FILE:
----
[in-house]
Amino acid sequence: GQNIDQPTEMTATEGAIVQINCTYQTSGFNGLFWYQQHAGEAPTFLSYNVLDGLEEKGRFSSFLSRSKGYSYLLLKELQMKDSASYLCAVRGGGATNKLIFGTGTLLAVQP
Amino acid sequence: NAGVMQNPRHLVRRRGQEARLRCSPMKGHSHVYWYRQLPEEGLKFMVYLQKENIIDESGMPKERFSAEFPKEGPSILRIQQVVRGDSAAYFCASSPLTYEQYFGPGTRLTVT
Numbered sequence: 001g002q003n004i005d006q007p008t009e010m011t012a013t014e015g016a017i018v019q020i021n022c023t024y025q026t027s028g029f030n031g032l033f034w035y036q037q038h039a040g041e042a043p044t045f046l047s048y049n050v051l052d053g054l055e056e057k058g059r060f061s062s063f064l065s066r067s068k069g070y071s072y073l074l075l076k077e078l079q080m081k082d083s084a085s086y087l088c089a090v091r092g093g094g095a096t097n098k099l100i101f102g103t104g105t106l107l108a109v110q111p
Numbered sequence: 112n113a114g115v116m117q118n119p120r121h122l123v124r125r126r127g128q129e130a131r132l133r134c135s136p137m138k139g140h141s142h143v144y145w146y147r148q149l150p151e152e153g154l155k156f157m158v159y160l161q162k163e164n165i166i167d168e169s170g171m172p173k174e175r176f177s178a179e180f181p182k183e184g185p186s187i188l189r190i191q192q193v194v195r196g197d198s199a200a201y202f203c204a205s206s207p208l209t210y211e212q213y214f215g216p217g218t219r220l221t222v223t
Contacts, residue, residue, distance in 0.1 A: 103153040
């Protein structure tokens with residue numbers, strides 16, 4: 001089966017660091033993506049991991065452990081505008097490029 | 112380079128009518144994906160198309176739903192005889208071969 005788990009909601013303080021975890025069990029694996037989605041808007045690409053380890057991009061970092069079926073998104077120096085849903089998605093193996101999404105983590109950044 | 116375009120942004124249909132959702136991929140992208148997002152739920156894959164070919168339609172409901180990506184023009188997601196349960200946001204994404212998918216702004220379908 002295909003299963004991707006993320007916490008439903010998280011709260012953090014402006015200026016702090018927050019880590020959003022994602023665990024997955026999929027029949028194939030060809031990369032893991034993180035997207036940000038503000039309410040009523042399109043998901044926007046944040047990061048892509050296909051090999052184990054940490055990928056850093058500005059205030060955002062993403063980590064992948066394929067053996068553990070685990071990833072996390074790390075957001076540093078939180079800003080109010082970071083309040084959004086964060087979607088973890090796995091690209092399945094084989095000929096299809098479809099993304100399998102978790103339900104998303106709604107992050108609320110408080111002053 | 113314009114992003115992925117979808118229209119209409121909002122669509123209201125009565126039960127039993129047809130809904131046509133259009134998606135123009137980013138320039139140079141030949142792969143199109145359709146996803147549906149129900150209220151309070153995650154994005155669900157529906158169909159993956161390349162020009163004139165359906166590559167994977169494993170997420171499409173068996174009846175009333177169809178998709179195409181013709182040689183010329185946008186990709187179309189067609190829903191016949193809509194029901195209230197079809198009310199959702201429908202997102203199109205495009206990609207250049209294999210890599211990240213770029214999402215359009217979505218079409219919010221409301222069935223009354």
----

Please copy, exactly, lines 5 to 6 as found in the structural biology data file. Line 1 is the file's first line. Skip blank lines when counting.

Numbered sequence: 112n113a114g115v116m117q118n119p120r121h122l123v124r125r126r127g128q129e130a131r132l133r134c135s136p137m138k139g140h141s142h143v144y145w146y147r148q149l150p151e152e153g154l155k156f157m158v159y160l161q162k163e164n165i166i167d168e169s170g171m172p173k174e175r176f177s178a179e180f181p182k183e184g185p186s187i188l189r190i191q192q193v194v195r196g197d198s199a200a201y202f203c204a205s206s207p208l209t210y211e212q213y214f215g216p217g218t219r220l221t222v223t
Contacts, residue, residue, distance in 0.1 A: 103153040